Batabata-cha from Toyama

This is the second tea in my series of traditional regional bancha. After the goishi-cha, tea fermented twice, with a very particular sour flavor, I present the batabata-cha, another fermented tea (dark tea), from Toyama. It is only a single fermentation, aerobic only (ie in contact with the air, unlike the anaerobic fermentation without oxygen of goishi-cha).
In fact, to be more exact, “batabata-cha” is not the name of the tea itself, but the name of a practice in this geographical area of ​​the village of Birudan (Asahi town). It is therefore a dark tea (post-fermented tea called simply kurocha 黒茶 in this area) prepared boiled and then beaten in a bowl with a whisk called “meoto-chasen” (夫婦茶 筅) with the addition of a pinch of salt. It is therefore a tea belonging to the category of “furicha” (振り茶, see this article). It is customary to offer the first bowl on the Buddhist altar, and in this region, batabata-cha is originally part of religious rites. Birth, marriage, etc., are an opportunity for the people of the region to gather around this particular tea. It is then eaten with vegetables, beans and mountain plants pickled (tsukemono) or stewed (nimono).
It was originally simply called “ocha” by the people of the region, then it would have started to name it “batabata-cha” after another beaten tea  from Niigata that the poet and critic Aima Gyofû from Itogawa (Niigata pref.) called “batabata-cha” in his writings. “Batabata” refers to beating tea with haste.
A bowl called gorohachi-chawan (Sasagawa-yaki, Akagawa-yaki) is usually used.
One say this dark tea would be consumed since the Heian era. Nevertheless, the first historical element that could refer to it dates from 1472, the monk Rennyô would have used this dark tea during a Buddhist ceremony.

Here again understands that this is originally a tea not drunk for itself, but linked not only to local life, but also a part of a special meal.
Also, until the 70’s, the dark tea itself was not made locally but in the Fukui prefecture. As production stopped, fermented tea began to be produced in Asahi town (I recall that it is a question of fermentation, under the action of microorganisms, and not of oxidation as it does in fact for black tea and wulong) necessary for the survival of a local custom.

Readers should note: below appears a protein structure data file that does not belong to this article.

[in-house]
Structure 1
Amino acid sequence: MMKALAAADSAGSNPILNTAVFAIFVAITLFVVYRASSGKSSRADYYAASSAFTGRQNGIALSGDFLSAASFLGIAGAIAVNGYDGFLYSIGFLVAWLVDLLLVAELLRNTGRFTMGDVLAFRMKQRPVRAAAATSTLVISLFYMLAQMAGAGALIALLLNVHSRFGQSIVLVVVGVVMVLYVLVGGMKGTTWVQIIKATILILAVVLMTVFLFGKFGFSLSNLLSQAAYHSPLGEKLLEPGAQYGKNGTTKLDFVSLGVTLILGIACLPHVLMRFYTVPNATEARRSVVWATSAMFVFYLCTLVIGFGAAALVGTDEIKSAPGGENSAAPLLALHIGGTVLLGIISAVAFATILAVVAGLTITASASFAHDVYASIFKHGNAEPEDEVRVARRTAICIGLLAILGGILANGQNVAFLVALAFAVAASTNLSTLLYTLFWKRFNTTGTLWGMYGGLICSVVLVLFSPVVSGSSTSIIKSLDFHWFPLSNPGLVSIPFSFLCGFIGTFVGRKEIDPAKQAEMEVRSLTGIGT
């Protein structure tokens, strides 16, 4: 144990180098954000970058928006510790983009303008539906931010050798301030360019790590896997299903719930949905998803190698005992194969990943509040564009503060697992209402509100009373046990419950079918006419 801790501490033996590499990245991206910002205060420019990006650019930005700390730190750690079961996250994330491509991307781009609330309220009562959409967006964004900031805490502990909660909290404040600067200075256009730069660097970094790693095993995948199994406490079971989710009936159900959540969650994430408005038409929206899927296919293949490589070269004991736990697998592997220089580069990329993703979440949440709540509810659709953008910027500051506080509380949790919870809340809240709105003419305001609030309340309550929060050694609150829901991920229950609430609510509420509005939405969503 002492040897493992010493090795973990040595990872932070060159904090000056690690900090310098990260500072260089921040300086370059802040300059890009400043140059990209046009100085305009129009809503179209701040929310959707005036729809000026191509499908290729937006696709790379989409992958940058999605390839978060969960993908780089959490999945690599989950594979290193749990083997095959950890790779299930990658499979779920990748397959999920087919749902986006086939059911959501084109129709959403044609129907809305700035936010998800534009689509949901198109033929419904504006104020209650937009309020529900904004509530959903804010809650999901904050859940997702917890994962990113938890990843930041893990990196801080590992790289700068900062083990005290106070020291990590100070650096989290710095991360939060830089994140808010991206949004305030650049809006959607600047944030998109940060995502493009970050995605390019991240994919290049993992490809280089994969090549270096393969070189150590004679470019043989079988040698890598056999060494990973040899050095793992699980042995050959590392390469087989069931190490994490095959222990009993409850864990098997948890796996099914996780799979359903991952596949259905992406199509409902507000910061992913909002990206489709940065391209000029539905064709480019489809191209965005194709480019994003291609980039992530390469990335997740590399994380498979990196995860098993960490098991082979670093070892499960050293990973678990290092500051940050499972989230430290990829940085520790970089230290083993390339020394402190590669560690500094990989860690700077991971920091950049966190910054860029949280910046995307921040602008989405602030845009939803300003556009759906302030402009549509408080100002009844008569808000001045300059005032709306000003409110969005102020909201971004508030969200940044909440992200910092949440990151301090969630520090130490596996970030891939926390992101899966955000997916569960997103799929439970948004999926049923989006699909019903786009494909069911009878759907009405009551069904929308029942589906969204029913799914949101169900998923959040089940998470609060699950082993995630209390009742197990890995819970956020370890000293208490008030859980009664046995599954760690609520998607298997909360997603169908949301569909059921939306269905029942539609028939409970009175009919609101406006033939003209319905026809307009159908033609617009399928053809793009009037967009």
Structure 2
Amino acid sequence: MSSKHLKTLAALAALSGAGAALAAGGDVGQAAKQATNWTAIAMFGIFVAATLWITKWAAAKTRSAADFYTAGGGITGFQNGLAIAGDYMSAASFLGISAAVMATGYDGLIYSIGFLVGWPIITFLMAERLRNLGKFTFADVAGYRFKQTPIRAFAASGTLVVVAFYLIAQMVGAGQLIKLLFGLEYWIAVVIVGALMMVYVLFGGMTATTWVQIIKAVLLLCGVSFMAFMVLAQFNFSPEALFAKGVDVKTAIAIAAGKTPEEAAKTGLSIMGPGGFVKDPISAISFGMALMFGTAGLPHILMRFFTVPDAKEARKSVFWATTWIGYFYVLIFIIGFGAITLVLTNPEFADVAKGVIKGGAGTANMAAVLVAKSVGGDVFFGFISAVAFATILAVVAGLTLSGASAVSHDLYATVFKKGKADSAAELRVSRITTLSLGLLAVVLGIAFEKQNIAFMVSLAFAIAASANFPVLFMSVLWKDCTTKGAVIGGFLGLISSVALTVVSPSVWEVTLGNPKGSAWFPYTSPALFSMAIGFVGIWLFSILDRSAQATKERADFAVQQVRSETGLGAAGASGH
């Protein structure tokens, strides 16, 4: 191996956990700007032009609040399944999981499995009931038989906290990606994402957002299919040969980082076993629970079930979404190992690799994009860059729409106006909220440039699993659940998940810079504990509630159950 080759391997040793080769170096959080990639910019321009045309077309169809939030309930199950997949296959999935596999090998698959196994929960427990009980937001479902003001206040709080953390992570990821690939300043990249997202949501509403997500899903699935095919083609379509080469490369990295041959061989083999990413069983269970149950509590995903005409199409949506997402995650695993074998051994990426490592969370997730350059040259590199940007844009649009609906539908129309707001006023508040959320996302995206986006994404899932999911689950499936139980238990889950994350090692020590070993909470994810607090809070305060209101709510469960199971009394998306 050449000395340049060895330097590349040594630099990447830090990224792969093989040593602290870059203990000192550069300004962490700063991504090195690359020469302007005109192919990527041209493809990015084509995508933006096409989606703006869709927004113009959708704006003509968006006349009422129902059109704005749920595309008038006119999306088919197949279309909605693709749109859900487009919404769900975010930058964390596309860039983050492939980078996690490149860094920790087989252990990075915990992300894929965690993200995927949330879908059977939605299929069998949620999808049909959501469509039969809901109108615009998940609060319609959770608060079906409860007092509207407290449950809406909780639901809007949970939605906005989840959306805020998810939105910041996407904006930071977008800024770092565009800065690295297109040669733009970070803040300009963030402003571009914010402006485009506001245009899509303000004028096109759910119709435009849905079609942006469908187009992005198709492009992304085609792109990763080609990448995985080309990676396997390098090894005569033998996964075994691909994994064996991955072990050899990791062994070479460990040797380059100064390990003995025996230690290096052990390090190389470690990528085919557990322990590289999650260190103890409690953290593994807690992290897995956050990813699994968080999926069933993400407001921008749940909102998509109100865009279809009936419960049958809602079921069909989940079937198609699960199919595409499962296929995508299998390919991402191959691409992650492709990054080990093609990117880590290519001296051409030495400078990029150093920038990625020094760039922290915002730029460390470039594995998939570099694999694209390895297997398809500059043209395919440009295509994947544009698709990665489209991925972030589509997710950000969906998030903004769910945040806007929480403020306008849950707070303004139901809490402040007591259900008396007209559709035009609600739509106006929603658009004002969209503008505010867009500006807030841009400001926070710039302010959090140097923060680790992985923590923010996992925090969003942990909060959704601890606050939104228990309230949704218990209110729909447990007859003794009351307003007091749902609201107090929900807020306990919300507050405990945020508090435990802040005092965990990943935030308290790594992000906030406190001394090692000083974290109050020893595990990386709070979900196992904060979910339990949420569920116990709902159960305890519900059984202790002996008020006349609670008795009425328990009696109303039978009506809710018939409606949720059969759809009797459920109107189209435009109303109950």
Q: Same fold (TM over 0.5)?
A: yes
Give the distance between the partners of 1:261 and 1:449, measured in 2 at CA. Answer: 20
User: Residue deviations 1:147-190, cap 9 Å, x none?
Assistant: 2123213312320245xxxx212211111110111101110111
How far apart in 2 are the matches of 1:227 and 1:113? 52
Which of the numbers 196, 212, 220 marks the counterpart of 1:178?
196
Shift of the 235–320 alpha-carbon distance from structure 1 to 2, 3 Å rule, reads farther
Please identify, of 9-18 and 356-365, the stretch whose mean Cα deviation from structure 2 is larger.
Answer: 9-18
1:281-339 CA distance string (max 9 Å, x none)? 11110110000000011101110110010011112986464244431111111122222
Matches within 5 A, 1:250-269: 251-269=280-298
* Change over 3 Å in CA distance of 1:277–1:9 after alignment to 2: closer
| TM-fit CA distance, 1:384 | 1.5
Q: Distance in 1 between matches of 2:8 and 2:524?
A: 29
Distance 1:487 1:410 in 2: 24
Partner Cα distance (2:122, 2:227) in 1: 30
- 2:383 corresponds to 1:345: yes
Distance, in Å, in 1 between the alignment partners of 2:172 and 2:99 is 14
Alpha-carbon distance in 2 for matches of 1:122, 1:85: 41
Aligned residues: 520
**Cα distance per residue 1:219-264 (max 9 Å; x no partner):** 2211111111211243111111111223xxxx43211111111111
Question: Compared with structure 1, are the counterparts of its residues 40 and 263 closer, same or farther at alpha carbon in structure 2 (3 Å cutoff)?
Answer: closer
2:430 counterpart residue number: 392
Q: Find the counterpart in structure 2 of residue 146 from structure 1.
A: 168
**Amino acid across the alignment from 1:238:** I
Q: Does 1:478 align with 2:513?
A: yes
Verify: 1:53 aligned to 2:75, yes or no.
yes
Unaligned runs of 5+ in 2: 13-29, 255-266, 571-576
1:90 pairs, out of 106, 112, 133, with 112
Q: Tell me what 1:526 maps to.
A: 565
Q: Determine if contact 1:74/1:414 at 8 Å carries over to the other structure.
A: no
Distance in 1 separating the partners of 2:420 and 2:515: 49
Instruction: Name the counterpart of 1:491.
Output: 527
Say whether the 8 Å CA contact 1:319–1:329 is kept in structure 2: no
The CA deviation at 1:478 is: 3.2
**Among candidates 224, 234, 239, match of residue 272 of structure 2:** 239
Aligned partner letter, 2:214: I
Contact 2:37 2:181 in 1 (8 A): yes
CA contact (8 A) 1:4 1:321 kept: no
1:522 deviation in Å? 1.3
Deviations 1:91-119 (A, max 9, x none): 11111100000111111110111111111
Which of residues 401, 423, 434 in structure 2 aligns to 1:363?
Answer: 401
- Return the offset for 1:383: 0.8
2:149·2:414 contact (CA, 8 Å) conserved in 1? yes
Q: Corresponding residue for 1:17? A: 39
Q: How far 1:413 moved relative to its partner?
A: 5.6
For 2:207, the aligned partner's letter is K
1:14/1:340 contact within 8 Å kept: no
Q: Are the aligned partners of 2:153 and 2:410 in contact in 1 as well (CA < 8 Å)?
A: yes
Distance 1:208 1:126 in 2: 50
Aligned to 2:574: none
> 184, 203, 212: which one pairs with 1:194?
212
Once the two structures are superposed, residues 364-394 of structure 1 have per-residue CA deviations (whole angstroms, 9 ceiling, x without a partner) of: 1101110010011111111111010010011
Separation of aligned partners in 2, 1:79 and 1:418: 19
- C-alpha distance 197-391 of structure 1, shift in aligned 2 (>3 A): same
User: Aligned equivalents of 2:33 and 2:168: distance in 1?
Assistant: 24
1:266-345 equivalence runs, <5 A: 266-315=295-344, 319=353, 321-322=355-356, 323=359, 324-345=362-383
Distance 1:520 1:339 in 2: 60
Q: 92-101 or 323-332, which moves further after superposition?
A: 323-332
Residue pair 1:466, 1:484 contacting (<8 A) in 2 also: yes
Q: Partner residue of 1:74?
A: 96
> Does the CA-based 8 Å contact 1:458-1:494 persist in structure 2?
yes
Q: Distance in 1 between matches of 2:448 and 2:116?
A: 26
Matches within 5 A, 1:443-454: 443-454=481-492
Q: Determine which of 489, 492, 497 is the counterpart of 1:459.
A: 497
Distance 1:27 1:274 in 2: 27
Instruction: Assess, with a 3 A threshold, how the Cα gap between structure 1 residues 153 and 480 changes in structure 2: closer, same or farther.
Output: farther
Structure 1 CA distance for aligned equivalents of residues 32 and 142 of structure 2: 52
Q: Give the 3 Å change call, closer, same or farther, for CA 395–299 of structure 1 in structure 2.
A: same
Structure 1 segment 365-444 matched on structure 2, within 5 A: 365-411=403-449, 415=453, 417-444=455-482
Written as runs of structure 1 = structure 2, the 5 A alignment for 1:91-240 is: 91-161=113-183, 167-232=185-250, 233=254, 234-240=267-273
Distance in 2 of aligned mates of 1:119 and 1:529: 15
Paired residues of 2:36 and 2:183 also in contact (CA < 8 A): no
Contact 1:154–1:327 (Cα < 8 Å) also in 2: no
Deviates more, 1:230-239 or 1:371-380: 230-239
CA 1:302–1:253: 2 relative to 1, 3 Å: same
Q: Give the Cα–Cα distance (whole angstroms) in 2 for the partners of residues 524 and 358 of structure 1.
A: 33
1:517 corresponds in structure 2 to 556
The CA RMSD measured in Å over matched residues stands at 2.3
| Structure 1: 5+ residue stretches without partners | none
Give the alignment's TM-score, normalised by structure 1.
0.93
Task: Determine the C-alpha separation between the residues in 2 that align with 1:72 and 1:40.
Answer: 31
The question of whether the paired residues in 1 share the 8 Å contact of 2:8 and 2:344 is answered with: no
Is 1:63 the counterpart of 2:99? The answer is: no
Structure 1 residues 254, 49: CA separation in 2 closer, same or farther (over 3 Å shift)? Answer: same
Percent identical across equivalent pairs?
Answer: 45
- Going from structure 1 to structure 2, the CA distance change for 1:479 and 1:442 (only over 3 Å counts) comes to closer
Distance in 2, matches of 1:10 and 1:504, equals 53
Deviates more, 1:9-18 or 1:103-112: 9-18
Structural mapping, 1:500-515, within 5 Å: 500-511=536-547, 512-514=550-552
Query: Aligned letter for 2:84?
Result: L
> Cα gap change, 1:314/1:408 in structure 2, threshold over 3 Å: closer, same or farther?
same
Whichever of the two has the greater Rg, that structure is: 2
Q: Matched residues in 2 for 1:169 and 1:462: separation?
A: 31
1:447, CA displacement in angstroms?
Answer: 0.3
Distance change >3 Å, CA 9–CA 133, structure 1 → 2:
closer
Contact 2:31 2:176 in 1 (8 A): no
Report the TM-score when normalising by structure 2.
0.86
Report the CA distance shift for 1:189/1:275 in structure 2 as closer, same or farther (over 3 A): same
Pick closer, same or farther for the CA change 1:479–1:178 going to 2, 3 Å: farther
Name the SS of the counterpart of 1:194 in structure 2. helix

Leaves picked in summer are cut and then steamed. They are then coarsely kneaded by hand, then stored in a room where they will ferment for several days. Temperature control is important. As the fermentation progresses, the temperature increases. We set up separations, we mix up, press the leaves, etc., to control the temperature which should not rise above 60 ° C. Finally they are dried first indoors and then outside under the sun.
This tea is normally drunk boiled in a kettle, even if it is not beaten (it is called then sancha 散茶). We can then obtain a very rich and perfumed tea, in large quantity allowing to drink it with many people (on important occasions) or simply all the day. However, be careful with the dosage and duration of broth as it can become a bit bitter.
The other, less orthodox method would be to simply use a small teapot or a gaiwan, with a good dose of leaves and make multiple infusions with boiling water. Initially, one minute, then we can increase the duration afterwards. In this case the tea will never become too strong, but never very strong either, but after all it is a bancha, to consume in large quantities. Cold, it is also very refreshing.
Without anaerobic fermentation such as Shikoku’s dark teas, we do not obtain a significant development of lactic acid bacteria, so we do not find here the strong sour flavors of goishi-cha.
We find aromas that could possibly be placed in a field close to some fermented puerh (shu), or Chinese dark teas like fu cha; Of course, to keep in mind that this batabata-cha is a bancha, not a super high grade tasting tea.
The aromas evoke first of all the wood wax. Pleasant notes of mold and earth, but also rounder flavors of cooked rice, as well as a slight touch of mint.

After the very destabilizing goishi-cha, I must say that this post-fermented Japanese tea is very nice and easy to access. I am not very sure, however, that the method of fermentation is particularly controlled, having had the opportunity to drink one dating from two or three years, whose fermentation was clearly insufficient, then giving a tea a too light. This one of this year is very nice in any case.

Categories: History, Reviews, Tea producing area

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2 replies

  1. Hello,

    I am writing about the development of tea whisks in the Song period and their evolution since. I was wondering if I could borrow an image and link your article/blog in this research.

    My blog is Scotttea ( I hope to have this published soon and would love to feature your great work!

    Hope to hear from you.

    Best regards,

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